It seems like something that would never be tolerated in a resort town such as Hilton Head Island -- a half-finished, abandoned building covered in vines, surrounded by weeds and inhabited by wildlife.
Residents of Edgewater condominiums who live next door have begged for it to be torn down. They can't sell their condos because of the eyesore, can't enjoy their balcony views of the Broad Creek marsh -- and can't get over that their property values are taking a hit because no one will do anything to fix up or tear down the building.
They've sued Ephesian Ventures, the Nevada-based company that purchased the property next to their community, including the unfinished building, out of fore-closure. While there are plans to one day develop the property, it could be years before work begins. The company has a valid construction permit through 2017.
Town officials haven't been much help either. After Ephesian produced an engineering report that said the structure posed no safety risk, the town backed off .
And so the building sits. And residents grow more frustrated.
It's not the first time Hilton Head residents have discovered that the town, for all its ordinances to protect trees, to minimize bright lighting and to prohibit tall signage, can't do much when an existing building is neglected or abandoned.
Several half-finished buildings dotted the town in the 1980s.
And since 2008, the annex building of the Metropolitan Hotel on Lemoyne Avenue has been vacant. The roof sags. Wires hang exposed from the ceiling. And Forest Beach property owners say vagrants have become adept at using screwdrivers and crowbars to pry into abandoned rooms and hole up.
It's certainly not the impression we want to give tourists of our town, and it's a far cry from the world-class resort reputation town leaders are trying to maintain. The town has, in this case, deemed the building a safety hazard and ordered the own to fix it up or tear it down.
Instead of waiting for the unfinished building near Edgewater to fall into a similar state of dangerous disrepair, Town Council should consider a new tool to address buildings that have become eyesores and apparent nuisances to neighbors, but fall short of posing public safety hazards.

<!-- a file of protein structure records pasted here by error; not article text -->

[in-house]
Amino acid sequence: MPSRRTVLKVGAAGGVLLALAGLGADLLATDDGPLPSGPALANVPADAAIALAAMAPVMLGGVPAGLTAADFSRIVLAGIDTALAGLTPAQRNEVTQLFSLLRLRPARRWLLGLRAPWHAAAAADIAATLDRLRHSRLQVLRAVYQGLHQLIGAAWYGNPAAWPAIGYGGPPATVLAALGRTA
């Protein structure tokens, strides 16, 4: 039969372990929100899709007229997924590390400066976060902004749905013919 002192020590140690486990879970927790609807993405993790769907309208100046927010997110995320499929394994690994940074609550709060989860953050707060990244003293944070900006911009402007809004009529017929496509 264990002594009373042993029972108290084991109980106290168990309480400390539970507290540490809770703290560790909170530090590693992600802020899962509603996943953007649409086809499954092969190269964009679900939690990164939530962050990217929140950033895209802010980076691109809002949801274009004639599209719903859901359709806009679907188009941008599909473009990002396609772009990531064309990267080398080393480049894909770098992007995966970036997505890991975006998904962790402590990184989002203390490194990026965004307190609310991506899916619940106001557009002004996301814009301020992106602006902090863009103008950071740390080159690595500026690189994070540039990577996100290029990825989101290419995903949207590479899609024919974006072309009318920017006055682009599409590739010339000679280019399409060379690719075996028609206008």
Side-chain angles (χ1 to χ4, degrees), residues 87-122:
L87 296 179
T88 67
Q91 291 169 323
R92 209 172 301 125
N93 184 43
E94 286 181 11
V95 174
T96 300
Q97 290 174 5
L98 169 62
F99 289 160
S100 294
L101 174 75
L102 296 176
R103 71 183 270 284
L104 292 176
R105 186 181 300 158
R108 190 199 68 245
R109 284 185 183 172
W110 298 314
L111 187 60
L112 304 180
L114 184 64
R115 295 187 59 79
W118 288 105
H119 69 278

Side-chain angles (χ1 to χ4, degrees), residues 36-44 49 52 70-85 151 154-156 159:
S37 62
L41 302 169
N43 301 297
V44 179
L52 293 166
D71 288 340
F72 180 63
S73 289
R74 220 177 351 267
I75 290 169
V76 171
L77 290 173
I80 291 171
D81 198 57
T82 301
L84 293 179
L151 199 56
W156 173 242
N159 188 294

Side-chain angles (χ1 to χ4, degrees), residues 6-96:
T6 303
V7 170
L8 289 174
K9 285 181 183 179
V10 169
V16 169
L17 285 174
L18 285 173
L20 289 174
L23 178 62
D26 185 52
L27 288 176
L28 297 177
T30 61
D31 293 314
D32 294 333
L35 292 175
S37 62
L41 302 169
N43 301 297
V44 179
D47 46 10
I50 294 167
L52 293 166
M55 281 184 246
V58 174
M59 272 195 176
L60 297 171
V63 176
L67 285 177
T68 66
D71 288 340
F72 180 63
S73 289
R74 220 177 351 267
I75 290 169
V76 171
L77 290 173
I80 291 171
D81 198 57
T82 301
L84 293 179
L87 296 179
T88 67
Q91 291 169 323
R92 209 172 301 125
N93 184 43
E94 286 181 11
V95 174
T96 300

We're not talking about the town reconsidering an appearance code. In 2010, town leaders rejected a proposed code that would have fined the owners of commercial properties with potholes in their parking lots, torn awnings, broken windows, peeling paint and other signs of neglect.
In the down economy, some worried it was a bad time to focus on curb appeal issues. Others raised concerns that enforcement could be a problem. And still others pointed out that such a code could lead to nit-picking and subjective calls on how buildings should look.
These concerns are valid, and we agree that an appearance code is not the answer. But an ordinance that would fine owners who flagrantly thumb their noses at town aesthetics with unfinished and abandoned buildings would be in order -- and should hasten owners' efforts to complete or tear down such buildings.
Town manager Steve Riley said Friday that staff worked diligently to draft such an ordinance in the early 1990s to no avail. No efficient way could be found to convince owners to fix up their property.
We think it may be time to take another look at it. The problem hasn't gone away and likely won't in the future.
And the town is already rethinking its look. It's overhauling its land management plan to make it easier for commercial properties to spruce up. At least one neglected corridor, Office Park Road, is scheduled for a face lift. And new facilities are popping up in communities such as Sea Pines Resort thanks to multi-million dollar owner investments.
A rule to address unfinished structures would complement changes already underway while also protecting the town's image as a place of natural beauty and welcoming commercial buildings.